Gambar halaman

at Warsaw, 432; formal retreat | Bismarck (Prince Otto von), his ap-
therefrom, 433; subsequent re pearance described by Samarow,
serve on Polish affairs, ib.; debates cxxxvii. 425
on the Polish Convention, 434; - his friendly relations with
meeting at Gastein, 436: dissolves Rome before Sedan, cxxxix. 368;
the Prussian Diet, 437 ; his share his complaint against the French
in the Danish War, ib.; visit to bishops during the war, 369; his
Biarritz, 441; interview with M. letter to Count Frankenburg, ib.;
Rouher at Carlsbad, rib.; meracing origin of his campaign against the
language to Austria, 443; his Church of Rome, 370; his impru-
policy superseded by the Conven dent policy as represented by the
tion of Gastein, 444; overtures to Falk laws, 372; case of Dr. Woll-
Napoleon, 445; peremptory dis mann, ib.; his Bill against the
patch to Baron Werther in 1866, abuse of the pulpit, 373; inspec-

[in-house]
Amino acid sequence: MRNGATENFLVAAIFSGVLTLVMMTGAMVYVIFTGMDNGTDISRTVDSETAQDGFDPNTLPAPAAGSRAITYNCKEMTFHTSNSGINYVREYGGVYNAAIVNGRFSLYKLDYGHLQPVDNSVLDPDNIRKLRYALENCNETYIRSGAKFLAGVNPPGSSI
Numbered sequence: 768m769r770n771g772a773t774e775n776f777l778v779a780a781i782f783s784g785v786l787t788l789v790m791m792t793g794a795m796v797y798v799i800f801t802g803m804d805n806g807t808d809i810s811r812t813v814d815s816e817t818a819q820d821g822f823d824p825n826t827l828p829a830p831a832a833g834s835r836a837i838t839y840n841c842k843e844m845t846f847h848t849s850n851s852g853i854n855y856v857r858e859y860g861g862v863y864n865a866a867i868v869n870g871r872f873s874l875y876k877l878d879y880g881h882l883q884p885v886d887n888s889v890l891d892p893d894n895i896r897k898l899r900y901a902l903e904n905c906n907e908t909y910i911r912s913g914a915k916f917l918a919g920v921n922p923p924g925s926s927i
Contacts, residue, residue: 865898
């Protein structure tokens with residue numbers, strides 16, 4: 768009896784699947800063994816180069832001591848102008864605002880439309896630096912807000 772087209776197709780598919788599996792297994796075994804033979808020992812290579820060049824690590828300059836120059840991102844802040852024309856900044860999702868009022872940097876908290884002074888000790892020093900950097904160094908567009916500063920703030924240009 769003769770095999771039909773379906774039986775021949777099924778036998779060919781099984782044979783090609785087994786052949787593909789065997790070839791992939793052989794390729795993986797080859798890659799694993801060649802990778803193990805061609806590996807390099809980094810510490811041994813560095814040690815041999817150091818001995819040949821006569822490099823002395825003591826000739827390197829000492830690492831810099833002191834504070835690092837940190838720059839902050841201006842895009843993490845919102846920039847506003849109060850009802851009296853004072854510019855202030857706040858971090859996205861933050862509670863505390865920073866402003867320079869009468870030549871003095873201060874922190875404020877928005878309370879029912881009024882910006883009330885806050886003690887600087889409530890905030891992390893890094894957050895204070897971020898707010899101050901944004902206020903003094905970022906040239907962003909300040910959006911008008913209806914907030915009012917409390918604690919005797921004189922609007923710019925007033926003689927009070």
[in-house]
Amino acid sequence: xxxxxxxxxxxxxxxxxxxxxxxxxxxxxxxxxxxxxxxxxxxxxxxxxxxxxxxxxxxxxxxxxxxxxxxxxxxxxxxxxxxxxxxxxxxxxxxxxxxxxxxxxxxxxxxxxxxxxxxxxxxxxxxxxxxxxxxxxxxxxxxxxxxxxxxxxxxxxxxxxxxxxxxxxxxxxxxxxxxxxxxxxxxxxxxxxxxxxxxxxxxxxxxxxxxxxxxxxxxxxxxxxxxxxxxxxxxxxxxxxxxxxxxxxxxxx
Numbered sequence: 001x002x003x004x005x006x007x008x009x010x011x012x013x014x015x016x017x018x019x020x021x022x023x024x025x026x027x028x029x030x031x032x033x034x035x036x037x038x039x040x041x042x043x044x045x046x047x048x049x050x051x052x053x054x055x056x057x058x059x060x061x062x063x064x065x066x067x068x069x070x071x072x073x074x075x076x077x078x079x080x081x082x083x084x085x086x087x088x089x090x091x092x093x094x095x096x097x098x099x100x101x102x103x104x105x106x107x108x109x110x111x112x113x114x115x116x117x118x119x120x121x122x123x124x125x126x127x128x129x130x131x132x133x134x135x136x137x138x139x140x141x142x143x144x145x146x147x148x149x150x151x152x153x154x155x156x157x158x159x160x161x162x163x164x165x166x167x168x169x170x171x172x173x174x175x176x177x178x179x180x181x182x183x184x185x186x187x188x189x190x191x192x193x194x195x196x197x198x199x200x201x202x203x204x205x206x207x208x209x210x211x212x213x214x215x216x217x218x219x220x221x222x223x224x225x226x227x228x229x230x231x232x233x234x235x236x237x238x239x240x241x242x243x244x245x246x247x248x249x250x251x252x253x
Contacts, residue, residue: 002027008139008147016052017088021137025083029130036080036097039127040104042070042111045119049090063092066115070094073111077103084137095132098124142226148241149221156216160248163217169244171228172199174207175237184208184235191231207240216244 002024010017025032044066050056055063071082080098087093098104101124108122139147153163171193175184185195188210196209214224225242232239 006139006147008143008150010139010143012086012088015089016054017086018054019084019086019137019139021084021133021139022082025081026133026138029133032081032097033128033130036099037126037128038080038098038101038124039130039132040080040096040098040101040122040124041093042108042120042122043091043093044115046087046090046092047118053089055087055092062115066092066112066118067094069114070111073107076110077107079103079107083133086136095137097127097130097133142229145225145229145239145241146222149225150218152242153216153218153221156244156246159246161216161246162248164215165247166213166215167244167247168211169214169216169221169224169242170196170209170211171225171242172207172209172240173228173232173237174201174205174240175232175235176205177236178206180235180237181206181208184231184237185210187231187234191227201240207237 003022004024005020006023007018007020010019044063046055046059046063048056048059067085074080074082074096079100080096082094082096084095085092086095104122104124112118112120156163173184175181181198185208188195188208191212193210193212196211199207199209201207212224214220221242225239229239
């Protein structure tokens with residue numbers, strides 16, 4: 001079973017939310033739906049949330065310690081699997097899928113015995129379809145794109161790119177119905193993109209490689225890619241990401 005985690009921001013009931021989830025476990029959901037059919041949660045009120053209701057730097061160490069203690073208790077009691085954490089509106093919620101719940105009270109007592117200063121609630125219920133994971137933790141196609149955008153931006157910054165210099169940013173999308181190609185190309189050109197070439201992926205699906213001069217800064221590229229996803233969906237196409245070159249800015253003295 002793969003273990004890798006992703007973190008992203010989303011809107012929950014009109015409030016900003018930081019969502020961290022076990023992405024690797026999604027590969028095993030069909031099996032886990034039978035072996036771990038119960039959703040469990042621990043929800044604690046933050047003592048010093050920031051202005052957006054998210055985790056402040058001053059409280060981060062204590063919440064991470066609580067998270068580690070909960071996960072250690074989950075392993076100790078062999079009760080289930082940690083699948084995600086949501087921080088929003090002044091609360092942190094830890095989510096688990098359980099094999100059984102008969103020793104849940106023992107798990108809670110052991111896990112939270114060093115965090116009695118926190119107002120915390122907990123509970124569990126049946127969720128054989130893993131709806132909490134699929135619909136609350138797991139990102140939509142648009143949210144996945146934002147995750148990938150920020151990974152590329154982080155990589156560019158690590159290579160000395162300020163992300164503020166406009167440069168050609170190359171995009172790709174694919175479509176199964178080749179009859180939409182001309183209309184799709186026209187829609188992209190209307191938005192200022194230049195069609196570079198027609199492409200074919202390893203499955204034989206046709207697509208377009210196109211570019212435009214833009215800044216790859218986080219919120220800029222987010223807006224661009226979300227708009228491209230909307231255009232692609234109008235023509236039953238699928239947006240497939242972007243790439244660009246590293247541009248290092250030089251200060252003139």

446; the Prussian Chambers tion of public schools, 374; his
closed, 447; his efforts to alienate expulsion of the Jesuits, ib.; his
the King from Austria, 448; secret system of State persecution, 381 ;
treaty with Italy, 449, 450; his his arrogant and dictatorial lan-
pretexts for the war with Austria, guage, 382
ib. -452 ; success of his stake, ib.; | Bison, the Bison urus, cxi. 180; ac-
his conduct in the Luxembourg 1 climatisation of, in England, ib.
question, 453; negotiations in Bissel, battle of (1815), defeat of
1866 with Benedetti, ib.; his the Wahabees at, cxxii. 510
foreign and internal policy con Black (Dr. Joseph, 1728-1799), bis
trasted, 456 ; hatred of real liberty, I daughter married to Adam Fergu-
ib. ; administrative incapacity, ib.; son, cxxv. 70; his successful treat-
his introduction of universal suf ment of Ferguson's paralysis, 76;
frage, ib.; compared with Napoleon, his life by Ferguson, 84; his dis-
ib.; his Socialist tendencies, 457; coveries of carbonic acid and latent
his obsolete system of statesman heat, ib.
ship, ib.; a first-rate diplomatist, Black Country, the, cxvii. 406; gen-
ib.; his personal qualities, ib., eral aspect of, 408; clanship among

mining families, 429; habits of the
Bismarck (Prince Otto von), his in miners, 432; their intemperance,